Philae is dedicated to Isis - the Goddess of motherhood, magic and fertility. As a symbolic mother of the king, she appears as a woman with a throne-shaped crown or sometimes depicted with the sign of motherhood and fertility: the two horns and the solar disc between them. Her cult spread over Europe since the Greco-Roman period. The cult of Isis at Philae goes back to the 7th century BC, but the earliest remains date from the 4th century BC. And Isis was being worshipped at Philae until the 6th century AD! By Roman times Isis had become the greatest of all the Egyptian gods, worshipped right across the Roman Empire even as far as Britain.
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The Kruger House Museum
The last house in which President Paul Kruger was to live, between 1883 and 1901, before he left South Africa to go into exile in Europe, the Kruger House Museum lies just a few blocks from Church square, where his bronze statue takes centre stage facing the Palace of Justice.
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The Melrose House
Melrose House is a charming historical museum that can be found in Jacob Maré Street in the picturesque town of Pretoria. Conveniently perched across from Burger's Park, it is elegant and a remnant of the colonial South Africa of times past.
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Al-Hijaz Railroad
You will witness the true meaning of solidity in the formation and foundation of this railway, which tells the tales and adventures it has experienced. The establishment of the Hijaz railroad was ordered by the Ottoman Sultan.​​
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Dar Al Madinah Urban Museum
It is the first museum specialized in the history and urban and the built heritage of Al Madinah. The museum showcases the Islamic heritage and culture, as well as the city’s magnificent and substantial history since the Prophet’s first arrival in Al Madinah to the present day.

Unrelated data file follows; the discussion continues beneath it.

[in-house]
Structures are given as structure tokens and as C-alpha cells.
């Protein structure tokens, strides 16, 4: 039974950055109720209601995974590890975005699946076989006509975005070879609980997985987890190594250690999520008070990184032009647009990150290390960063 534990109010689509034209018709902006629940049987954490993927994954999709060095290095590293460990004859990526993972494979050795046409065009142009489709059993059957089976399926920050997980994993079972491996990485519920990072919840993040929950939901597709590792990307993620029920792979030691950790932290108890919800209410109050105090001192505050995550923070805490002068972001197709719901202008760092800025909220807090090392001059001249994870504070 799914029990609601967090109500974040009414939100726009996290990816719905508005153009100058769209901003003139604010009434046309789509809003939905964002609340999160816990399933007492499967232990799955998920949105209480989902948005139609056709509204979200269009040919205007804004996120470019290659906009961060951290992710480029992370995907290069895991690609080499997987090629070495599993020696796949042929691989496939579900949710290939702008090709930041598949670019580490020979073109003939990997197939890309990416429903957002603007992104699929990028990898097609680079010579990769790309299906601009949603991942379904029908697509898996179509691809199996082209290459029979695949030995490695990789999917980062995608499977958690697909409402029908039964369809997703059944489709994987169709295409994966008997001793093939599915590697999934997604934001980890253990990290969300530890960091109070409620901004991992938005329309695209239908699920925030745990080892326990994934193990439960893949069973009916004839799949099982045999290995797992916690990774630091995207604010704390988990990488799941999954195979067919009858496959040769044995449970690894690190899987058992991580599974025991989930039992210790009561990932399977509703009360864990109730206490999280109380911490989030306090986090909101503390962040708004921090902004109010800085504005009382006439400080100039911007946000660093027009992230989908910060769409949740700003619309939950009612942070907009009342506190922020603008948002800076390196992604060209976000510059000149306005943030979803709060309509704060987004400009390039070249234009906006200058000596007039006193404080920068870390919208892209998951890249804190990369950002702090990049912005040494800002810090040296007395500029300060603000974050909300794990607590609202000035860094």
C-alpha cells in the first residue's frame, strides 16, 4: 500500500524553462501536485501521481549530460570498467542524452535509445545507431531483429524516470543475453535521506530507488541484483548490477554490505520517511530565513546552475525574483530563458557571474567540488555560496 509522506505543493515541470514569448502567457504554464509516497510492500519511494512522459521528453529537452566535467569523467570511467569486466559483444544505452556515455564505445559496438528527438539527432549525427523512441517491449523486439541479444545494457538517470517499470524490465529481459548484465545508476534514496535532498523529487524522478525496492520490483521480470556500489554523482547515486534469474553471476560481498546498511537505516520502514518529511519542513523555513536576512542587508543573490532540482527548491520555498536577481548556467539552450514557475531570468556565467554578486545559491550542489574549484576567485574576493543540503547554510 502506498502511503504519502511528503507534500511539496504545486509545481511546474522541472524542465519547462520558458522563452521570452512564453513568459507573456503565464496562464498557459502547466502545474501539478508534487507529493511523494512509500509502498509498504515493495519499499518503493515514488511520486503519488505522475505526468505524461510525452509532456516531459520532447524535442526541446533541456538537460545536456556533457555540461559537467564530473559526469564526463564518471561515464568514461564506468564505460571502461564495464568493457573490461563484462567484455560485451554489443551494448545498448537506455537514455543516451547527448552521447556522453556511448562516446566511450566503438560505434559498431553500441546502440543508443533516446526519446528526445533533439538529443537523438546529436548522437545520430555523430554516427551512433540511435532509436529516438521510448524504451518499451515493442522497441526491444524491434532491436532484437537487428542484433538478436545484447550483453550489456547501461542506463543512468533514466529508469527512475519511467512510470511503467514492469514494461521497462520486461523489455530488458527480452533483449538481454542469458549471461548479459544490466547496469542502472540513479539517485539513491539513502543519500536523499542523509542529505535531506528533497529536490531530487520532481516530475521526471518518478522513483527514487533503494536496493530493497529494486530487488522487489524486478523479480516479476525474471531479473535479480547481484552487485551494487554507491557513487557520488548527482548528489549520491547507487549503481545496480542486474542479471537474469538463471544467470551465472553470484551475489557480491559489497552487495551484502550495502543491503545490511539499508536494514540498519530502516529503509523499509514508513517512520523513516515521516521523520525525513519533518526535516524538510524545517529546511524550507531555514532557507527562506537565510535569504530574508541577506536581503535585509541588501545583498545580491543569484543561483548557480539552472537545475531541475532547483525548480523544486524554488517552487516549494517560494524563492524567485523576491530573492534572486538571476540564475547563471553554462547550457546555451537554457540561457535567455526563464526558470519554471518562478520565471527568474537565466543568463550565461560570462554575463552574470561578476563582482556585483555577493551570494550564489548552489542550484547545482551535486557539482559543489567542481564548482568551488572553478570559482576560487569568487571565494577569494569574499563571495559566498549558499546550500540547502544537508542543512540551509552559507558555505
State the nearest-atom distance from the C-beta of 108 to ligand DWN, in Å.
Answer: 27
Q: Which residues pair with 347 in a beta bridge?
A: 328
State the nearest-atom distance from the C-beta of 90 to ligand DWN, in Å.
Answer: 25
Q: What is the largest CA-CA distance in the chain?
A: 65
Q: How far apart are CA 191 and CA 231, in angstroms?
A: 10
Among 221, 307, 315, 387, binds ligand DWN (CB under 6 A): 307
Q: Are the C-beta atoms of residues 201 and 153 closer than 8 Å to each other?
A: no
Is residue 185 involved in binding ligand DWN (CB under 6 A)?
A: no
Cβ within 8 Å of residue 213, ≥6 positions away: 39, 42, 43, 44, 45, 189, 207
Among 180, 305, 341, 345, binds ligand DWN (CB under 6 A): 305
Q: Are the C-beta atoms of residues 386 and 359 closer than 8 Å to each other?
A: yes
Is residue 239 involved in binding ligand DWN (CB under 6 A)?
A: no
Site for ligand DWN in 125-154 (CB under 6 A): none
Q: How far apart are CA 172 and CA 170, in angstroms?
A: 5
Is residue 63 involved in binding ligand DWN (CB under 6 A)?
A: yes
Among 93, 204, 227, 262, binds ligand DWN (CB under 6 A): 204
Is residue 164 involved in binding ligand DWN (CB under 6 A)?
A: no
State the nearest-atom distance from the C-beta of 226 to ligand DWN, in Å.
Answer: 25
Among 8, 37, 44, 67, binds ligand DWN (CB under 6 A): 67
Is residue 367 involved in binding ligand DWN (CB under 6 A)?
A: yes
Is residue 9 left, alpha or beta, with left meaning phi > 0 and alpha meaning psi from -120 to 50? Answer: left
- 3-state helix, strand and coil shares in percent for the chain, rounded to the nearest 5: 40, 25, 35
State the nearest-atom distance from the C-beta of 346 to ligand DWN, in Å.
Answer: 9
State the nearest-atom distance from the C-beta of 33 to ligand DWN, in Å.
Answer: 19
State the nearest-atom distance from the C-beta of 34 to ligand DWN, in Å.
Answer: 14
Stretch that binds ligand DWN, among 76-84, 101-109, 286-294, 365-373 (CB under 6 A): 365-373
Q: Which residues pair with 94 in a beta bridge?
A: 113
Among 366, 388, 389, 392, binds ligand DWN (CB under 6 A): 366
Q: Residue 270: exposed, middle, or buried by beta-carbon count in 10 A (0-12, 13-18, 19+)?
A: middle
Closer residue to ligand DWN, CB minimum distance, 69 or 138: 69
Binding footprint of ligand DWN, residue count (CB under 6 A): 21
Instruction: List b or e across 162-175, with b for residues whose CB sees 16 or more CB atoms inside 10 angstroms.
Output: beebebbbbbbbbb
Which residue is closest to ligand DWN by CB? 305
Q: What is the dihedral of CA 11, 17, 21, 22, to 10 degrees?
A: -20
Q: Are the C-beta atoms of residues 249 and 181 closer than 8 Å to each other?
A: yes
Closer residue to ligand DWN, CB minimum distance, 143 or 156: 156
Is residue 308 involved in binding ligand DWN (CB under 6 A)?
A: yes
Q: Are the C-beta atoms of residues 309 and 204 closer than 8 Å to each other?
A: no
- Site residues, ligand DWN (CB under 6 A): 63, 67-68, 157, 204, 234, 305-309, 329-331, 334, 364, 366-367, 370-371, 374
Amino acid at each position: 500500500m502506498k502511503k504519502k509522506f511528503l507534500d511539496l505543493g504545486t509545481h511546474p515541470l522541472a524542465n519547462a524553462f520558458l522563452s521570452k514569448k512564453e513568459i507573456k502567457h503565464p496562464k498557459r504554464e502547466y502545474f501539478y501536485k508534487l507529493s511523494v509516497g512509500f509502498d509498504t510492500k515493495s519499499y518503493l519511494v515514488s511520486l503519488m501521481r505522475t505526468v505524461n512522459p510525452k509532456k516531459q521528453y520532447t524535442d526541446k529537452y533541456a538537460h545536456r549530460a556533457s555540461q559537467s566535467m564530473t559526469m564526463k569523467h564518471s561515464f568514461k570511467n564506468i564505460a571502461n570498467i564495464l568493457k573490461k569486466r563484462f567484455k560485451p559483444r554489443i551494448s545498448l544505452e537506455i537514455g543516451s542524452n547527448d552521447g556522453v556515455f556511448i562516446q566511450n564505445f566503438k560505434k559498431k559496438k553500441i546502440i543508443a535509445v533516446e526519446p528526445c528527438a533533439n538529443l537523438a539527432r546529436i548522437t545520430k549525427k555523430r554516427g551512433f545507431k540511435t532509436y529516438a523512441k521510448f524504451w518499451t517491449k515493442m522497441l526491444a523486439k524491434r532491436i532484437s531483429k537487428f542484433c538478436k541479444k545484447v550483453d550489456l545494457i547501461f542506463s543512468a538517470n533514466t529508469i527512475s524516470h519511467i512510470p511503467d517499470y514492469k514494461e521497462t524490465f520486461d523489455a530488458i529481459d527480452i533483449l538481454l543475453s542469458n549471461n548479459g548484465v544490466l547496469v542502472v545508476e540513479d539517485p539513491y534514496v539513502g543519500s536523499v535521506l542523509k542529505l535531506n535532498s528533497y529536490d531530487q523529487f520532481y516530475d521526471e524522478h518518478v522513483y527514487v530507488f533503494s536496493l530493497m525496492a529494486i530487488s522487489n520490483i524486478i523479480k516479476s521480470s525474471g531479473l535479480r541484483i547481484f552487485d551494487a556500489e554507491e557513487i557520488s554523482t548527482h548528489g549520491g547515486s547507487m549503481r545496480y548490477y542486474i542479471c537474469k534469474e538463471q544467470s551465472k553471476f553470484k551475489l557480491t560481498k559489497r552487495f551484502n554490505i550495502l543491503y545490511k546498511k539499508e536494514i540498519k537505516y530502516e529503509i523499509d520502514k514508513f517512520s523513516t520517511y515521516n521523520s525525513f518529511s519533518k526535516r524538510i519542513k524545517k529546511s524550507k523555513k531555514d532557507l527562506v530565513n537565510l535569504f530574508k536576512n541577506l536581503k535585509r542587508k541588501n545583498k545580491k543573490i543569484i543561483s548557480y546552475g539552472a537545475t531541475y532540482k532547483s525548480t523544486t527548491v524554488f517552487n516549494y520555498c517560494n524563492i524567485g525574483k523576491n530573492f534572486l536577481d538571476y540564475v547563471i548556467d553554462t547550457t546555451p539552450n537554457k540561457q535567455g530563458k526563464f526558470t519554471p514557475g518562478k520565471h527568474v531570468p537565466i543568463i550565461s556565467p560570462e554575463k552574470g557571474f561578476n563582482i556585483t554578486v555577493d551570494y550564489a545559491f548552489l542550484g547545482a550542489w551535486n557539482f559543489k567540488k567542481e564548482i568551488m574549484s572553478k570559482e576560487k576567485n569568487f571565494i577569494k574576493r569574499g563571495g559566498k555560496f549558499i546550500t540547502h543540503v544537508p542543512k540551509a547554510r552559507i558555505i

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Nirox Park
It is located on 15 hectares of landscaped gardens and waterways within an extensive private nature reserve in the heart of the Cradle of Humankind World Heritage Site. NIROX Sculpture Park is 45 minutes from the centers of Johannesburg and Tshwane.
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Sterkfontein Caves
n the small village of Issiglio, in the Canavese district, lying between the beautiful valley of Chiusella and the main town of that region, Ivrea, Piemonte, on the 6 September 1857 Guglielmo Martinaglia was born. He discover the caves.
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Adler Museum of Medicine
The Adler Museum of Medicine preserves the history of the health sciences in Southern Africa, with special reference to Gauteng. It supplements the educational activities of the University, especially the Health Sciences, by means of collections, research, teaching, exhibitions and publications. The Museum contains interesting and invaluable collections depicting the history of medicine, dentistry and pharmacy through the ages. Apart from the hundreds of items of medical historical interest on display, there are also documents, sculptures, pictures, videos and philatelic and medallion collections relating to medical history as well as the history of allied health sciences. The Museum has a library of rare books and a significant history of medicine reference library. In addition, a rich archive arranged by subject matter is housed in the library, and biographical information relating to thousands of medical and allied health professionals is available to students, researchers and interested members of the public.
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Constitution Hill